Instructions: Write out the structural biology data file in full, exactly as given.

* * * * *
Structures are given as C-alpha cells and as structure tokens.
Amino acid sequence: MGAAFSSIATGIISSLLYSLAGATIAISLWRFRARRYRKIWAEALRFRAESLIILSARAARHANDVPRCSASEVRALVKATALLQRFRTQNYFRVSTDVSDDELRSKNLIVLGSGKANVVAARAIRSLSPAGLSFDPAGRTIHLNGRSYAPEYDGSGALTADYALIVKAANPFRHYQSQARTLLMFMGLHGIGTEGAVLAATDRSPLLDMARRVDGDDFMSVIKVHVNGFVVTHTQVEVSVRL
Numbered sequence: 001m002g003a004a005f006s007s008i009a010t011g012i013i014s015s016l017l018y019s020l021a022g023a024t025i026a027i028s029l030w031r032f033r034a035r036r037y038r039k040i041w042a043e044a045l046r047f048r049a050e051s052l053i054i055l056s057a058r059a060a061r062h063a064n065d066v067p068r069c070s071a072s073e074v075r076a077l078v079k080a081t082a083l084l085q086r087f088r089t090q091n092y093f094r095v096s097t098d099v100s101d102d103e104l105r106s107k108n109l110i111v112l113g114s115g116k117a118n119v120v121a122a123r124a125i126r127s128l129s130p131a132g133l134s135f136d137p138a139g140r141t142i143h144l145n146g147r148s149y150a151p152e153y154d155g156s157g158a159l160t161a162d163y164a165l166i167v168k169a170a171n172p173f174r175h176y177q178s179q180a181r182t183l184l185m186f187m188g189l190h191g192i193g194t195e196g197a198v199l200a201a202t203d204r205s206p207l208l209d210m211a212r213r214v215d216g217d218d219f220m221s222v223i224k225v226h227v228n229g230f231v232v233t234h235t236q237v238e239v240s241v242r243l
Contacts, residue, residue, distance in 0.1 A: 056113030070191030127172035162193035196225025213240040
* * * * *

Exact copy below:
Structures are given as C-alpha cells and as structure tokens.
Amino acid sequence: MGAAFSSIATGIISSLLYSLAGATIAISLWRFRARRYRKIWAEALRFRAESLIILSARAARHANDVPRCSASEVRALVKATALLQRFRTQNYFRVSTDVSDDELRSKNLIVLGSGKANVVAARAIRSLSPAGLSFDPAGRTIHLNGRSYAPEYDGSGALTADYALIVKAANPFRHYQSQARTLLMFMGLHGIGTEGAVLAATDRSPLLDMARRVDGDDFMSVIKVHVNGFVVTHTQVEVSVRL
Numbered sequence: 001m002g003a004a005f006s007s008i009a010t011g012i013i014s015s016l017l018y019s020l021a022g023a024t025i026a027i028s029l030w031r032f033r034a035r036r037y038r039k040i041w042a043e044a045l046r047f048r049a050e051s052l053i054i055l056s057a058r059a060a061r062h063a064n065d066v067p068r069c070s071a072s073e074v075r076a077l078v079k080a081t082a083l084l085q086r087f088r089t090q091n092y093f094r095v096s097t098d099v100s101d102d103e104l105r106s107k108n109l110i111v112l113g114s115g116k117a118n119v120v121a122a123r124a125i126r127s128l129s130p131a132g133l134s135f136d137p138a139g140r141t142i143h144l145n146g147r148s149y150a151p152e153y154d155g156s157g158a159l160t161a162d163y164a165l166i167v168k169a170a171n172p173f174r175h176y177q178s179q180a181r182t183l184l185m186f187m188g189l190h191g192i193g194t195e196g197a198v199l200a201a202t203d204r205s206p207l208l209d210m211a212r213r214v215d216g217d218d219f220m221s222v223i224k225v226h227v228n229g230f231v232v233t234h235t236q237v238e239v240s241v242r243l
Contacts, residue, residue, distance in 0.1 A: 056113030070191030127172035162193035196225025213240040